“You want to walk away from the workday knowing that you did a little bit more, and that’s what counts in the long run,” said Pedro Trujillo, urban specialist at L.G. Pinkston High School. “I talk to them after they are referred to me, and I find out what is going on in their lives. Some students don’t have meals or clothes, and that can cause them distress. I also ask them if they would like to receive counseling.”
Trujillo describes his job as an advocate for students, both inside the school and in the community. “Not only do you have to network and get out in the community to get resources for the students, you also have to connect with the students and help them in their areas of need,” he said.
Created two years ago, the urban specialist position exists at Pinkston, James Madison, Lincoln and South Oak Cliff high schools, all schools in the Imagine 2020 Strategic Feeder Pattern Initiative. The specialists’ goal is to intervene before a student makes a decision to drop out, helping him or her to understand that there are resources and people who can provide support. They also reach out to the community to encourage students who have dropped out to return to school.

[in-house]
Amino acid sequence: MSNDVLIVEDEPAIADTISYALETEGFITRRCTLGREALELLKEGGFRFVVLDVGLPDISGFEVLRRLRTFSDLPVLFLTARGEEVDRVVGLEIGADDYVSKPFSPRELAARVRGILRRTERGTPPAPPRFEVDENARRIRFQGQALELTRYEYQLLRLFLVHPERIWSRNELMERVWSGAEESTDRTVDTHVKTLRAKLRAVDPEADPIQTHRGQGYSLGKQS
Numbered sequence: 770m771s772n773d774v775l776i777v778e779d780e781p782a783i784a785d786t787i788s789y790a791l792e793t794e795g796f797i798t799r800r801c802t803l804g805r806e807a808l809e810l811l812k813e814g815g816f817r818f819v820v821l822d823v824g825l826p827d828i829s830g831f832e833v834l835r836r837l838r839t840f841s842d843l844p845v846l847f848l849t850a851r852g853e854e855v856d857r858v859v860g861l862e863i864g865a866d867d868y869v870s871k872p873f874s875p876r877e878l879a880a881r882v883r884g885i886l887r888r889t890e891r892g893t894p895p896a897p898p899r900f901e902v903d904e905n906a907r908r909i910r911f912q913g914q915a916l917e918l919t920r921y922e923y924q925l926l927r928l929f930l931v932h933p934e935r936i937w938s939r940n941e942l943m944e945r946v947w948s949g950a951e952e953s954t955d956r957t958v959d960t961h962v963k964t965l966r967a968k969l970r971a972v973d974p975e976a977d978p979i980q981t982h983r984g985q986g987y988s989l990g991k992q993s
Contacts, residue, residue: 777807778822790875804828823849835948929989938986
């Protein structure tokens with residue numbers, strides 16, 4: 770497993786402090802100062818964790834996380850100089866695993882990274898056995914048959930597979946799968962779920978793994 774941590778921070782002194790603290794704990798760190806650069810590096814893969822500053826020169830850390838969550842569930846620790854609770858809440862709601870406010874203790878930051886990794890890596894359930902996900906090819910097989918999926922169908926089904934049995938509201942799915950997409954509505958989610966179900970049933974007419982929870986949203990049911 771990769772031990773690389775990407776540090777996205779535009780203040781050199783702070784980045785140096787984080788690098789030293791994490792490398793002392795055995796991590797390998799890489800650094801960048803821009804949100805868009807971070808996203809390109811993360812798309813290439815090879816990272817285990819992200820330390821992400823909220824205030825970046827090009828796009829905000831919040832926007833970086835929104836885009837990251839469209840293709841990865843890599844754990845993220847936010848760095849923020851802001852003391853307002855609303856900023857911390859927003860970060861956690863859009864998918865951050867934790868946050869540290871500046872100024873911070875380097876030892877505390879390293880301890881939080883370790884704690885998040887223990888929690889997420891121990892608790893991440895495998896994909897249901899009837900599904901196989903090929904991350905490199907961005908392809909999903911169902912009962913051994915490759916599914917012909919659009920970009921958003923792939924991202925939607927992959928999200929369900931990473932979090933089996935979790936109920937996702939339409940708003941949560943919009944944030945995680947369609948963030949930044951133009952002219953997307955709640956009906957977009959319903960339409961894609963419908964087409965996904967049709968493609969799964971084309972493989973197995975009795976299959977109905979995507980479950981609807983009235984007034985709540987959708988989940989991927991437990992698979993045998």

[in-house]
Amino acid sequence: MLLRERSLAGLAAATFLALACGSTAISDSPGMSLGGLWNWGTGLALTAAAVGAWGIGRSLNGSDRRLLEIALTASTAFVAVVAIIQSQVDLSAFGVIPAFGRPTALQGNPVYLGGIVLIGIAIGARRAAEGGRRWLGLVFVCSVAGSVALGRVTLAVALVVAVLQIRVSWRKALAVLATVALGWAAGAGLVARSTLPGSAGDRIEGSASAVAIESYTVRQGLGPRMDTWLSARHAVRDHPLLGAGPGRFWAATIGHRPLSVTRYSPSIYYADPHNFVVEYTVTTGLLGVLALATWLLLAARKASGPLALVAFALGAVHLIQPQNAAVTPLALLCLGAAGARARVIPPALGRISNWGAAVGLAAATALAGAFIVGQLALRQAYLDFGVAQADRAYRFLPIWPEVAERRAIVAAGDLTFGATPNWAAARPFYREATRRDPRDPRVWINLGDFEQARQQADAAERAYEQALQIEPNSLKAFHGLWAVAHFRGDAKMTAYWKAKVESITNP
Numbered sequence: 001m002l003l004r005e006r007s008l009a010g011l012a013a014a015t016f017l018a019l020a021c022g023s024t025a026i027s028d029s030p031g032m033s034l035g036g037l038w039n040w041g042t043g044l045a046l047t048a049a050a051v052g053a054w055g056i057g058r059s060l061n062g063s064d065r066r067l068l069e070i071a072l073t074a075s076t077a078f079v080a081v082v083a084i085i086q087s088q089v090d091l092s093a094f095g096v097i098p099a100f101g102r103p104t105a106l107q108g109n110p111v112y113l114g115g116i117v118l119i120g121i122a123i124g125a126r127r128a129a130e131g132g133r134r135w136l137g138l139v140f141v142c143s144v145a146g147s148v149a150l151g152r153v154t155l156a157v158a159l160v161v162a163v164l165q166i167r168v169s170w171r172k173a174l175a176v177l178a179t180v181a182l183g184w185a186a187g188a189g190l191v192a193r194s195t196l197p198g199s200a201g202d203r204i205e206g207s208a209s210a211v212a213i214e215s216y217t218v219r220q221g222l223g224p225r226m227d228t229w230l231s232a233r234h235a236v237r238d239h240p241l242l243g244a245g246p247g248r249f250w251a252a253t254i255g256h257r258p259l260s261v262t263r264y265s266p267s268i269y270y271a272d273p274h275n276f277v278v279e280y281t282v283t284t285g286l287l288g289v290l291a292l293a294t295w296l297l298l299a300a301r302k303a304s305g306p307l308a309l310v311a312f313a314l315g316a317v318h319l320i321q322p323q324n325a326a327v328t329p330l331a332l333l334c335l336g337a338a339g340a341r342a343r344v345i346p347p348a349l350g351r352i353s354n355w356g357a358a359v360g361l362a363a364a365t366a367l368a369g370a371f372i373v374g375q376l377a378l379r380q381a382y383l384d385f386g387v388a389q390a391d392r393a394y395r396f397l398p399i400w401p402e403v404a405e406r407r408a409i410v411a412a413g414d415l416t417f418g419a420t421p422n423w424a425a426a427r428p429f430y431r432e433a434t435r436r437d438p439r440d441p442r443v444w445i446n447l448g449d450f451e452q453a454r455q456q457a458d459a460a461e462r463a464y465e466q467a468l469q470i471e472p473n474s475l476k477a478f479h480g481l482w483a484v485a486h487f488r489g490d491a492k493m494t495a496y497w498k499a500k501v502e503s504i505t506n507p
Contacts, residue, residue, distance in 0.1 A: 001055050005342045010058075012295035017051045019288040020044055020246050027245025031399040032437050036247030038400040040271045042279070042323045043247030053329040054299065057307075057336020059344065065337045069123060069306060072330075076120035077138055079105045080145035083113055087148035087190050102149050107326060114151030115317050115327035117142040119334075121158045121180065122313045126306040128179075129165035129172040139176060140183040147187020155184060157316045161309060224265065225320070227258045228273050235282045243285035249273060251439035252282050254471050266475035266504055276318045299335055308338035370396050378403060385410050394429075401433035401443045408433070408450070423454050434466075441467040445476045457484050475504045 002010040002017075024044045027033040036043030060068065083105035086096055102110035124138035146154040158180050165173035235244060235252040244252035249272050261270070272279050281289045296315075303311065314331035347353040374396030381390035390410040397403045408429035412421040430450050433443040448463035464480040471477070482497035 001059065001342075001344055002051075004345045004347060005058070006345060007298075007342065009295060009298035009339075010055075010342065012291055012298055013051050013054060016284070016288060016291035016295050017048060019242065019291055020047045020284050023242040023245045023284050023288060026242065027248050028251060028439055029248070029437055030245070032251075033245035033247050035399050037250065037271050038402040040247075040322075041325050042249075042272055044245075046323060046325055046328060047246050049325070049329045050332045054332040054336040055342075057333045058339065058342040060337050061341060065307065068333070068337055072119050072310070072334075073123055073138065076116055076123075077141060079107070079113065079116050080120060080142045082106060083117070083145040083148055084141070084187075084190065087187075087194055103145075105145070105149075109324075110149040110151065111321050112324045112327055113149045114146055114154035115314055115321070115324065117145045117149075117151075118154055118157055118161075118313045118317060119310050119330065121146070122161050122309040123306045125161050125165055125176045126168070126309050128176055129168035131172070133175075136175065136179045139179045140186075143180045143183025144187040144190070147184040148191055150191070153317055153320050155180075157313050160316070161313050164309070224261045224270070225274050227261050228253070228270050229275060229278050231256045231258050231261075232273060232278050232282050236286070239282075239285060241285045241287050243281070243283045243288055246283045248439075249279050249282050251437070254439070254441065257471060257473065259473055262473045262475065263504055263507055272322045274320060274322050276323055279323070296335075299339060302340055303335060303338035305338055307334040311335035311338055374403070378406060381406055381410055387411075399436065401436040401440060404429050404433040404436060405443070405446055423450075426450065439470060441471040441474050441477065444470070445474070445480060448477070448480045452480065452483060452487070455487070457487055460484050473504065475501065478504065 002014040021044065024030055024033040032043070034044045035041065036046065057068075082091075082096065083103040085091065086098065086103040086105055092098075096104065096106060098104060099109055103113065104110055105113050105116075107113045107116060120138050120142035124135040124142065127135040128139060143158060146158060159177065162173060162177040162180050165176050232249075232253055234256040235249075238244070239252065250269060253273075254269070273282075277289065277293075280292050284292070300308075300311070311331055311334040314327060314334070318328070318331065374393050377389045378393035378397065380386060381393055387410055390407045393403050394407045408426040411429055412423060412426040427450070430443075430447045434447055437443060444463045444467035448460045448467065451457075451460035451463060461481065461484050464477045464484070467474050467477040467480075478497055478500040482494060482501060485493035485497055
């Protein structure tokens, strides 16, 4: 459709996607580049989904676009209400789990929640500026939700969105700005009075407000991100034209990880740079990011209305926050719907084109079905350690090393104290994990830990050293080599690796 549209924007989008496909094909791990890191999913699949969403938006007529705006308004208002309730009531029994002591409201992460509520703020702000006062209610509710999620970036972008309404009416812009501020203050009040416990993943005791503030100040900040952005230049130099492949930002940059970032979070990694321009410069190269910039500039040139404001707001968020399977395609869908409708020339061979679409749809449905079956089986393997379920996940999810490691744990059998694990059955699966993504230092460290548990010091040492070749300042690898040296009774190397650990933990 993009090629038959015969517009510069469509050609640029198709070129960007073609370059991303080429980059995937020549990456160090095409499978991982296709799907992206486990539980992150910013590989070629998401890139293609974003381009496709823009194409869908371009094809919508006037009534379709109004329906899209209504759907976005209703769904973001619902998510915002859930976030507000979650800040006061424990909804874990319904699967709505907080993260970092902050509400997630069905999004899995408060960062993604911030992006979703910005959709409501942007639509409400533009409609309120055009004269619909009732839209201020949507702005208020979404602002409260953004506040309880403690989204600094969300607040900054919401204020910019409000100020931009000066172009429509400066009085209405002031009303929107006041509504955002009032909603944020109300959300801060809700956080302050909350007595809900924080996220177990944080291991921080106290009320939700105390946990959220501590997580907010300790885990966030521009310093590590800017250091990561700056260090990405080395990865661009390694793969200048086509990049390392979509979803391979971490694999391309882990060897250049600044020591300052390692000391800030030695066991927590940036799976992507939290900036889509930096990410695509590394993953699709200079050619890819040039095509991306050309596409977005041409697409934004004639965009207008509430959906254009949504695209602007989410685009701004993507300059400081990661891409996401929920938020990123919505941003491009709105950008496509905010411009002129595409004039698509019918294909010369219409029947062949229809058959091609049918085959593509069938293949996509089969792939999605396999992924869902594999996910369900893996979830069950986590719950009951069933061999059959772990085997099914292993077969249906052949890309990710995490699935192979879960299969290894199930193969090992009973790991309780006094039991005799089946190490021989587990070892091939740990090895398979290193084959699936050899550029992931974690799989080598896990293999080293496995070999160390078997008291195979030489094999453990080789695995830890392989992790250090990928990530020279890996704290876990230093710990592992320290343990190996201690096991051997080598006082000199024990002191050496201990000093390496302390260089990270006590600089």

Trujillo recognizes that his line of work is not one in which you receive instant gratification. “I don’t see the results now, but four years from now, when I see them walking across the stage to get their diplomas, and they say thank you, that’s when you know you’ve helped them,” he said. “That you’ve made a difference in their lives.”
Besides serving as an advocate and encouraging students to stay in school, Trujillo also coordinates Pinkston’s Drop-In Center, a one-stop shop that helps homeless students with essentials like clothes, food and hygiene items.
Mark Pierce, who oversees the district’s Homeless Education Program, piloted the first Drop-In Center at North Dallas High School, later extending it to John Leslie Patton, James Madison and Pinkston high schools. He said the urban specialists play a major role in providing services to homeless students. “Although no student is turned away, the Drop-In Centers help homeless students get the things that they need to improve their lives,” said Pierce.
The Drop-In Centers are able to provide help to students thanks to partnerships in the community, with agencies such as Promise House, North Texas Food Bank and the Church of the Incarnation, among others. Working together, Pierce said he and Trujillo are able to help an often overlooked population – homeless teenagers. “At first, teens didn’t want to self-identify themselves as homeless, but the more we extended the services to them, the more they came forward to receive the services,” said Pierce.